And because of that stubbornness, in the 1960s he was offered the bitter pill of exile, and this brave man decided to choose family... and left his birth place, and thus became another immigrant within two familial generations and brought his wife and child to another new land.

And it is to him that I owe the greatest gift that a father can give a son: the opportunity to grow in freedom in the greatest nation in the history of this planet.

It is because of my father's courage that I was raised in this country and not in a land bloodied by brutality and oppression.

It is because of my father's teachings that I was raised with the conviction that freedom is not free and never to be taken for granted; after all, he fought for freedom and then Castro, the man who inspired  the fight, ended up being a worse dictator, eventually destroying all notions of freedom for all of his people.

It is because of my father that I was taught that every citizen owes his  nation some form of service, and that's the main reason that I signed (at age 17) to serve in the US Navy.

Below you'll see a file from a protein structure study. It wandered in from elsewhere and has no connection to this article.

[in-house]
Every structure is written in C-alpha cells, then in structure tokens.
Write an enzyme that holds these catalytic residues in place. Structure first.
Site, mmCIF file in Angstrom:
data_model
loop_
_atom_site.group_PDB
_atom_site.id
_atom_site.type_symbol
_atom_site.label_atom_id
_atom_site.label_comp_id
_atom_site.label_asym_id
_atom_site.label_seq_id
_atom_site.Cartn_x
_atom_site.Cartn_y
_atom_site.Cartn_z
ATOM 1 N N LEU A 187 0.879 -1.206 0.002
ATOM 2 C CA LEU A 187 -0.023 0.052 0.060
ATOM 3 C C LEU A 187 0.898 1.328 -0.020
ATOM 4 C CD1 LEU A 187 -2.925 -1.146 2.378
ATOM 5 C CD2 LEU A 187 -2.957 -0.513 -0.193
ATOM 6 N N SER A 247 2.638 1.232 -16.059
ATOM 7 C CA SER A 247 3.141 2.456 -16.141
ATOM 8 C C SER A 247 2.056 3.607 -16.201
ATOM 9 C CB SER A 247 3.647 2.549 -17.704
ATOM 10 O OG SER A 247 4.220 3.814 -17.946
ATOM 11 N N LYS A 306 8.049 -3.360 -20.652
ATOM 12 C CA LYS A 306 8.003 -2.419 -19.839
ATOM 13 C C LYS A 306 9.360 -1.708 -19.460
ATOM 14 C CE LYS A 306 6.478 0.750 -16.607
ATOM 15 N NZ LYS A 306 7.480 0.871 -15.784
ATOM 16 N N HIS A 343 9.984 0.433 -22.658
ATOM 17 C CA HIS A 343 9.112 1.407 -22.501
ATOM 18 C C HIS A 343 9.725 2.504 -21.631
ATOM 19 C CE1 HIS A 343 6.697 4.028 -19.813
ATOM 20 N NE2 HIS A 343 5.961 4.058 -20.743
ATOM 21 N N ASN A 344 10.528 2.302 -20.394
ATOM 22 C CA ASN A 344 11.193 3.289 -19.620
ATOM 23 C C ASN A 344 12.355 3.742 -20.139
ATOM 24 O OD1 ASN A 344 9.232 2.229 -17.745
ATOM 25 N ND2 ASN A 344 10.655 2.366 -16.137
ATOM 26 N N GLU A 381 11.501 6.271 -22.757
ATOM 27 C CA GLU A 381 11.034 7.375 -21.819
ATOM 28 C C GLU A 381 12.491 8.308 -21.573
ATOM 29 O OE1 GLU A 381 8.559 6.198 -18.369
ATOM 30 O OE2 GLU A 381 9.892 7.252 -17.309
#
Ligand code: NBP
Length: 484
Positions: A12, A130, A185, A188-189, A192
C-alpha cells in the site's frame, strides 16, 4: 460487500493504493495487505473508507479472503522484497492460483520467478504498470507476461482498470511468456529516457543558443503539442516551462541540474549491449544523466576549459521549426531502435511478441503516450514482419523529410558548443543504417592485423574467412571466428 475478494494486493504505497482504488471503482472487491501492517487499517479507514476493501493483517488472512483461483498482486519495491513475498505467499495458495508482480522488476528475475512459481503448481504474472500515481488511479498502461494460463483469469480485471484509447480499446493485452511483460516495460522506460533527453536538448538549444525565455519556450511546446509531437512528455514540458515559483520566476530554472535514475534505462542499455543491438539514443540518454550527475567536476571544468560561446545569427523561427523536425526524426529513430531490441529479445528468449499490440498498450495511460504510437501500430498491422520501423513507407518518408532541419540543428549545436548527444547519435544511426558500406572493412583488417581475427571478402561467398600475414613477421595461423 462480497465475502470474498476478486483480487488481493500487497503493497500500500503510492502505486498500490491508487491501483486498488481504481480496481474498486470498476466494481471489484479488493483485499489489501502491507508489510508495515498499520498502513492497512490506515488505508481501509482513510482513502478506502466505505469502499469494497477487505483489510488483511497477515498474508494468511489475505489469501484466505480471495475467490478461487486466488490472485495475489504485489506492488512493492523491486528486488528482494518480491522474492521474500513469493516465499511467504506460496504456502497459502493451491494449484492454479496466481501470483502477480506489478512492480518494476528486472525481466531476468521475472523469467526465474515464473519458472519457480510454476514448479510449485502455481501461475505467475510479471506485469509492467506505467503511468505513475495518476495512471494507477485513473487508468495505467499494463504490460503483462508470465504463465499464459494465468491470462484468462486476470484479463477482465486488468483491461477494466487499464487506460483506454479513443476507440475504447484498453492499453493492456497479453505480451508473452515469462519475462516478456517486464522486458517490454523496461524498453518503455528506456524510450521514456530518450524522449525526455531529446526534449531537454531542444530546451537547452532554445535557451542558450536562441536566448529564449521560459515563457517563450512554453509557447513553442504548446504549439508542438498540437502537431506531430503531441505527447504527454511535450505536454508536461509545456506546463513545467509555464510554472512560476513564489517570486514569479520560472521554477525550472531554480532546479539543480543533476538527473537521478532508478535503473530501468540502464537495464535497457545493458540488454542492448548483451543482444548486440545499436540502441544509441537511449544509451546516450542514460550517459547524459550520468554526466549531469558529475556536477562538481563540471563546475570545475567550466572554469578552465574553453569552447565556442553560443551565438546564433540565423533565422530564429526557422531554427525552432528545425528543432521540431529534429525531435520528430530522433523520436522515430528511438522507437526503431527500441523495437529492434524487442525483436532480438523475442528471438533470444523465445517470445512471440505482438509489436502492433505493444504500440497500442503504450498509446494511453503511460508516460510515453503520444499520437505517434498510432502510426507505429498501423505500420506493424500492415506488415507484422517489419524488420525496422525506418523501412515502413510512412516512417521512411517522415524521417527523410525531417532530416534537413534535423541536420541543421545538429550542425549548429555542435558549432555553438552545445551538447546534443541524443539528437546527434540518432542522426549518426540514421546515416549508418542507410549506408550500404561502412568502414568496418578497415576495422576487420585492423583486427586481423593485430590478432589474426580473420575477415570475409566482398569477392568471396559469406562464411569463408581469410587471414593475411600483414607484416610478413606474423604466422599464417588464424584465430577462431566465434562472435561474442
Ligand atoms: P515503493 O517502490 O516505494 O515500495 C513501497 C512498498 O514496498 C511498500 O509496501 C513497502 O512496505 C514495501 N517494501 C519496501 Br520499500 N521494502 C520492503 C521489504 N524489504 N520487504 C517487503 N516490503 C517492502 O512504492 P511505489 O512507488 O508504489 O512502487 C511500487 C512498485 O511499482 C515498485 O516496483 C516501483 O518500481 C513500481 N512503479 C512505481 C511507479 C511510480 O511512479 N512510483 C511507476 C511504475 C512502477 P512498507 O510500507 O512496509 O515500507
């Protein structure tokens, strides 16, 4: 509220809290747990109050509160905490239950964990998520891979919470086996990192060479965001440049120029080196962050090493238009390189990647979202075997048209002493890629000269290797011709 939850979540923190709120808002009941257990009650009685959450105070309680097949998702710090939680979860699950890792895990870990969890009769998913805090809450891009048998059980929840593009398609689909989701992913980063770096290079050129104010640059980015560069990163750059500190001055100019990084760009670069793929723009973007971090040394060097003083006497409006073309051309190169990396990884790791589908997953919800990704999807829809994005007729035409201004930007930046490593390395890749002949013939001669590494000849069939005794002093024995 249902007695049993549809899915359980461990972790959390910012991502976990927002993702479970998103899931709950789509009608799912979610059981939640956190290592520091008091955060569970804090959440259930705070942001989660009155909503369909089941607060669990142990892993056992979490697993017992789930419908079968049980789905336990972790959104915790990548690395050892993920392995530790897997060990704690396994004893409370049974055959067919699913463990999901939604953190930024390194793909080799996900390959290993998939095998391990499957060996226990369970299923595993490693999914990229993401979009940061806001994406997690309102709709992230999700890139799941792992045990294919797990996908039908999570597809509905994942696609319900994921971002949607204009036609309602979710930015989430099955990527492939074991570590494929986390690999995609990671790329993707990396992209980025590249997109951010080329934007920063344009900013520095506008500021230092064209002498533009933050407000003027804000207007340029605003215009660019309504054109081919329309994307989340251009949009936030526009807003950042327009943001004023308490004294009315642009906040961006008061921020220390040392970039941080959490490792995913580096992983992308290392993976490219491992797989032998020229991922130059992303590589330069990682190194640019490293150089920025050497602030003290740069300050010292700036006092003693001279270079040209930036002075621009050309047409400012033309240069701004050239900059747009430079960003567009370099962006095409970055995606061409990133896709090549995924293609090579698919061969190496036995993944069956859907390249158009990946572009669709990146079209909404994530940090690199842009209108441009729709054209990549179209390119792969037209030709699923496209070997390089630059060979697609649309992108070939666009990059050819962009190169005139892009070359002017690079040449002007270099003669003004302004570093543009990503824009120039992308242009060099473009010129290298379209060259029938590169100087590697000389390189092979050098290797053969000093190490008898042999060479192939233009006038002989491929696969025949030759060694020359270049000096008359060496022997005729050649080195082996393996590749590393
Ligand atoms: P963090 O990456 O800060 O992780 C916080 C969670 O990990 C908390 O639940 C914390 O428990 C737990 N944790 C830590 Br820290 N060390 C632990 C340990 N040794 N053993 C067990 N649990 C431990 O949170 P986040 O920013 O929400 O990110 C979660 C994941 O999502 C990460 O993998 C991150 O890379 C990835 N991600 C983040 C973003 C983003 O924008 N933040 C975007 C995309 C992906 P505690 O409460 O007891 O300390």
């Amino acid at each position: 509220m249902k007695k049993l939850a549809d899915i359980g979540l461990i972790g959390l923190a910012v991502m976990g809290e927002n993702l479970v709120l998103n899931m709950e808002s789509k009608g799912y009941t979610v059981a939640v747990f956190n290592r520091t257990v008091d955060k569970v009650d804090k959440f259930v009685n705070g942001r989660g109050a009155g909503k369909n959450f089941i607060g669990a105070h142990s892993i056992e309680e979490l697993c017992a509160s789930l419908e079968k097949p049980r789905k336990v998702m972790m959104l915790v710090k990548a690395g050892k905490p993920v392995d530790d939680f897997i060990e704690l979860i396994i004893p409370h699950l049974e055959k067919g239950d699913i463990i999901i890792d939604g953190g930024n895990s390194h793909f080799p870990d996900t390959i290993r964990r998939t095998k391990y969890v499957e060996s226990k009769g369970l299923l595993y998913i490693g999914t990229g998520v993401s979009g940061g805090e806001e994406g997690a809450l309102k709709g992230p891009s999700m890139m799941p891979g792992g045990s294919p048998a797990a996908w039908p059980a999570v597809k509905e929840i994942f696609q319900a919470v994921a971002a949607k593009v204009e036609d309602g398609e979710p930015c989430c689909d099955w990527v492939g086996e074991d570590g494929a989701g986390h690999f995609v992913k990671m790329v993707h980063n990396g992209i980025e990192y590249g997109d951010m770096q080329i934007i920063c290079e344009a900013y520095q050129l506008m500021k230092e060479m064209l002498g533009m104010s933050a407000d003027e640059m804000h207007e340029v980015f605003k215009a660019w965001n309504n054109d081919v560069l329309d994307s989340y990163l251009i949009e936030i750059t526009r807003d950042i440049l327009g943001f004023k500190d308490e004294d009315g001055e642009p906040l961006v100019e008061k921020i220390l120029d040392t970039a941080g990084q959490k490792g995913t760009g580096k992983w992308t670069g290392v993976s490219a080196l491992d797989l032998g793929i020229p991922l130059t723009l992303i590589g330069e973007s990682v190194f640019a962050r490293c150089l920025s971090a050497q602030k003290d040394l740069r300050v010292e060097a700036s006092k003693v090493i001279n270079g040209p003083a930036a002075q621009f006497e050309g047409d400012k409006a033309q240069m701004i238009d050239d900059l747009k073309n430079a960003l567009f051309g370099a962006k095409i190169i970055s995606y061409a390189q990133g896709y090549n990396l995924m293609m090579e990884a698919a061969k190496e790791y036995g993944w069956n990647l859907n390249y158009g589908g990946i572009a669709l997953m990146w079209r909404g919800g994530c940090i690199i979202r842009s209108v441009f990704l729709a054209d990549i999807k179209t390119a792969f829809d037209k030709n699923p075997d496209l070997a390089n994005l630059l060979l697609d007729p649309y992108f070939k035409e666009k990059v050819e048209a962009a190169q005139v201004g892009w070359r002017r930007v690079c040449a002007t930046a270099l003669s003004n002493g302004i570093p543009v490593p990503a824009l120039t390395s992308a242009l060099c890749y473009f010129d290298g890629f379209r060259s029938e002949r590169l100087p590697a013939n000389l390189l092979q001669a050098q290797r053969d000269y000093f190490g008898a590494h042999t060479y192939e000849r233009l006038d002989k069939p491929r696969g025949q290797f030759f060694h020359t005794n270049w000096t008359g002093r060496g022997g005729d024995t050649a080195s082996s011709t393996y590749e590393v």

It is because of my father that I despise anyone who hides behind the mask of victimism to excuse failures and shortcomings.

When our family arrived in New York in the 1960s, my father began to work in a factory three days after he landed at the airport; my mother (who came from a privileged Cuban family and had never worked a day in her life) found a job as a seamstress five days later. That pattern was repeated for decades as they worked their way in a new nation.

"We thought we'd be back within a few years," was the answer given to me when I once asked the question about leaving their birthplace. When that didn't materialize, they became fierce Americans in the "United States of Americans" sense... these were the "America None Better!" set of immigrants, and in my Dad's case, you better be ready to fight if you dissed the USA.

"Americans"!

Always a fighter he was... and always for the right reasons.

Cubans are archaic immigrants... we love this great nation because we  recognize its singular and unique greatness; perhaps it is because our forebears had the same chance at greatness and blew it.

And my Dad loved this nation even more than he once loved Cuba... perhaps it is the genetic disposition of the serial immigrant. After all, his father had left his own ancient Celtic lands and kin for a new land... which he learned to love dearly.

My father always wanted to make sure that I knew that I was an "Americano" and not another forced-on label.

"Labels," he'd say, "are just a way to separate people."

By labels he meant "Hispanic" or "Latino" or anything with a "-" between two ethnic words.